Mountainside hospital owner to employees: Get vaccinated, or get fired
By DIEGO JESUS BARTESAGHI MENA
Mountainside hospital and the health group that owns it will require all staff members to be vaccinated against novel coronavirus by Nov. 15 or face termination, according to a memo to employees.
In a memo to employees, Hackensack Meridian Health CEO Bob Garrett said effective Oct. 1, all “team members, physicians, volunteers, vendors and consultants” would have to receive at least one shot of the Pfizer or Moderna two-dose vaccines, or the one-dose Johnson and Johnson vaccine. Staffers who get the two-dose vaccines would need their second shots by Nov. 15.
“Those who remain unvaccinated without an approved exemption, will be subject to suspension, and continued non-compliance will result in termination," Garrett wrote.
Excerpts of the memo were published by several news organizations. Ocean County Scanner News published a copy in full.
“We want to give our patients, visitors and each other peace of mind, and the best way to do that is by requiring COVID-19 vaccination,” Garrett wrote in the memo.
More than 70% of employees across the health group’s 17 New Jersey hospitals had already been vaccinated by July 19, a hospital spokesperson said in a statement sent to outlets including Patch.com and NorthJersey.com. The NorthJersey report notes that still leaves thousands of the health group’s 35,000 employees statewide unvaccinated.
Limited exemptions may be granted to employees that qualify based on medical conditions or religious beliefs. The decision, Garrett said in the memo, was made to reflect similar policies in place for mandatory vaccines guarding against influenza and other infectious diseases.
“The vaccines continue to demonstrate that they are not only safe, but highly effective. In fact, recent data show that nearly all COVID-19 deaths in the United States are not occurring among unvaccinated individuals, demonstrating the incredible efficacy of the vaccines,” Garrett’s memo reads.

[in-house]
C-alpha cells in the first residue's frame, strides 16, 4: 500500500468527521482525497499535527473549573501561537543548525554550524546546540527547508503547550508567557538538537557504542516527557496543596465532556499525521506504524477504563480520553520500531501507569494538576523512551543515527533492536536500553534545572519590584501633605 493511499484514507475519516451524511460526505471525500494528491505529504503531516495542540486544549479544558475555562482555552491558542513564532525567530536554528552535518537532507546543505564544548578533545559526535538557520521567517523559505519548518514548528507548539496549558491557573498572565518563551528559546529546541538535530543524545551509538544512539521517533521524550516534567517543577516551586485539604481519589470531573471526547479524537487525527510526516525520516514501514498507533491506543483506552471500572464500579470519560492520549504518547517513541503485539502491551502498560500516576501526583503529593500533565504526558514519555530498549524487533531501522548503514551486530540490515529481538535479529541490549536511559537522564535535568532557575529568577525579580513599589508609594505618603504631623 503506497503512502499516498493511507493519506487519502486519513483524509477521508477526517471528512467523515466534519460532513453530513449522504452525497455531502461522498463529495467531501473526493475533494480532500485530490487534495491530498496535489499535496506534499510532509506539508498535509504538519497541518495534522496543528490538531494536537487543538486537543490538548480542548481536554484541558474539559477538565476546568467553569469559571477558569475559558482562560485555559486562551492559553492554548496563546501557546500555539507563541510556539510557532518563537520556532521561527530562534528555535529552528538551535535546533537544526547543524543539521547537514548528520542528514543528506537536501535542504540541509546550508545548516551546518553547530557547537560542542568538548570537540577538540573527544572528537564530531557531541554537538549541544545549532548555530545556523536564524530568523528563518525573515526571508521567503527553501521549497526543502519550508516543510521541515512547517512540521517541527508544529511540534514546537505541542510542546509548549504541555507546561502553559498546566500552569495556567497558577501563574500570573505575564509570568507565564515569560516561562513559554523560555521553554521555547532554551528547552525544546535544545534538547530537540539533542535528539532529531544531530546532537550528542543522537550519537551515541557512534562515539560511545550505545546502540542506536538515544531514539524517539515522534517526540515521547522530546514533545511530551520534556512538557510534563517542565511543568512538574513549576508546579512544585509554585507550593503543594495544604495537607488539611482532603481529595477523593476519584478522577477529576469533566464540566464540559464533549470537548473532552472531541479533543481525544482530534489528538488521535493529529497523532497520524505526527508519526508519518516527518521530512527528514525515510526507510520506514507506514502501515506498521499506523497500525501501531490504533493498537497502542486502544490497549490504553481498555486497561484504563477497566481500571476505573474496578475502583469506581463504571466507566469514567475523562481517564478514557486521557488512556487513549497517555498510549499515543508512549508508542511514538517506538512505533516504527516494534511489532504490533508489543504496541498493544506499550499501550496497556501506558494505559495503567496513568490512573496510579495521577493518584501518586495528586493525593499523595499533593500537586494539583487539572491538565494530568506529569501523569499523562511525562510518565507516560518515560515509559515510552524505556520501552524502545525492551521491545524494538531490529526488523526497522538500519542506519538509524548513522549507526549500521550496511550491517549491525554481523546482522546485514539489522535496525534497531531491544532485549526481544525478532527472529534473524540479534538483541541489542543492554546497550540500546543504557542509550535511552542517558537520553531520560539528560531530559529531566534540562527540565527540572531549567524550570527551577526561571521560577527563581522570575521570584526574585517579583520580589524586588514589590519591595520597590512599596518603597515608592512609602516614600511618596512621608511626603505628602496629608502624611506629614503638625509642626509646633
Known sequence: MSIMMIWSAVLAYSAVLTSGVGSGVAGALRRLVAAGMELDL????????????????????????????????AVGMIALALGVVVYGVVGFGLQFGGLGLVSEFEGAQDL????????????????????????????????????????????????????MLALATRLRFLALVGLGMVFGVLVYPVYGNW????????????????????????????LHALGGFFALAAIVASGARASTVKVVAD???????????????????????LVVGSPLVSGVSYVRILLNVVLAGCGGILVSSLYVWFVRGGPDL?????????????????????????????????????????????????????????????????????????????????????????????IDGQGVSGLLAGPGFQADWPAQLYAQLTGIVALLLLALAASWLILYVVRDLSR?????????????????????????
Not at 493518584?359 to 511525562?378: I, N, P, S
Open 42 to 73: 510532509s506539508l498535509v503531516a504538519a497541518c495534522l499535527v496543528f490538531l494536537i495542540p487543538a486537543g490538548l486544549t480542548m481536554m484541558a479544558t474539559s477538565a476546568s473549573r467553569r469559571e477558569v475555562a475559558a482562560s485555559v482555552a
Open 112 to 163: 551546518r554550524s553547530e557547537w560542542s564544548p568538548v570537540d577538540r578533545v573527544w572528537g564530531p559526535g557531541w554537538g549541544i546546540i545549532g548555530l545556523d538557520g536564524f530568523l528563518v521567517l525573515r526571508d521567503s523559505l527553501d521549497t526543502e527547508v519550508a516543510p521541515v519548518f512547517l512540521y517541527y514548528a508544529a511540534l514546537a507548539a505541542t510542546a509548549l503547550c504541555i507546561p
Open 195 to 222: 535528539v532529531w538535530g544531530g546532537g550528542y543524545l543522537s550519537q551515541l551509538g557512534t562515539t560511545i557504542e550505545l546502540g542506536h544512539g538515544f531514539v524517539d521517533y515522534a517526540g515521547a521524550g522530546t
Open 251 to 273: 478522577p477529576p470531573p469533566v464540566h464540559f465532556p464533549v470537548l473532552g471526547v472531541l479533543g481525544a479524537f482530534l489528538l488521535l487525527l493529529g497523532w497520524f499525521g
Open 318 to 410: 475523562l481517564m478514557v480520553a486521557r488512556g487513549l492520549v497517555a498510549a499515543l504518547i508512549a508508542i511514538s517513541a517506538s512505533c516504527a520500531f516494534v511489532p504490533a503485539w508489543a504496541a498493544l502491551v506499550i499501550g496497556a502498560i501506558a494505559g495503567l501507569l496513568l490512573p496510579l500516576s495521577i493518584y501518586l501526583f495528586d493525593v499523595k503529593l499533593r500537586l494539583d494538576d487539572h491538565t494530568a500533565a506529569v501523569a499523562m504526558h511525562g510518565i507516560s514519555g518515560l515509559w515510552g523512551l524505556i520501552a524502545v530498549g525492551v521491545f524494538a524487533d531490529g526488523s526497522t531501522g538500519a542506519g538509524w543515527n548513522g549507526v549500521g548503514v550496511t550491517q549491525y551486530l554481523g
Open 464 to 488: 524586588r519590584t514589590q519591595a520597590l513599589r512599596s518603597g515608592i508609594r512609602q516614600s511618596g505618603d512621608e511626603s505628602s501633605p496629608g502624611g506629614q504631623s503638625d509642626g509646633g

It also says patients and community members have been asking specifically to be treated by vaccinated caregivers and medical providers. It notes the growing prevalence of new strains of coronavirus that “are proving to be more contagious and dangerous than the original strain.
“Mandatory vaccination will not only help to stop new variants from popping up, it will also give our patients and visitors the peace of mind they are asking for and deserve,” Garrett wrote.
RWJBarnabas Health was the first hospital system in New Jersey to announce it would make COVID-19 vaccinations mandatory for staff, in May. Earlier this week, it fired six supervisory employees who hadn’t met a June 30 deadline to be vaccinated, according to multiple reports citing a company spokesperson.
New Jersey officials have been tracking worrying signs of new viral spread in the last several weeks. Over that same time, the Delta variant of the coronavirus — considered radically more transmissible than the original novel coronavirus — has become the dominant strain in the United States. As of Saturday, the state was measuring a rate of transmission of 1.44; anything above 1.0 indicates increasing spread.
In the week leading up to Saturday, Montclair had seen 28 new coronavirus cases, according to the township’s tracking. In early June, seven-day totals for new cases often ranged between 1 and 4. The township counted its most recent coronavirus death on April 30 — for a total of 73 to date.
As of Saturday, 70% of Montclair’s overall population and 85% of its population over age 18 had been fully vaccinated, according to state Department of Health data. That puts the township ahead of the state, where 57% of the overall population is vaccinated.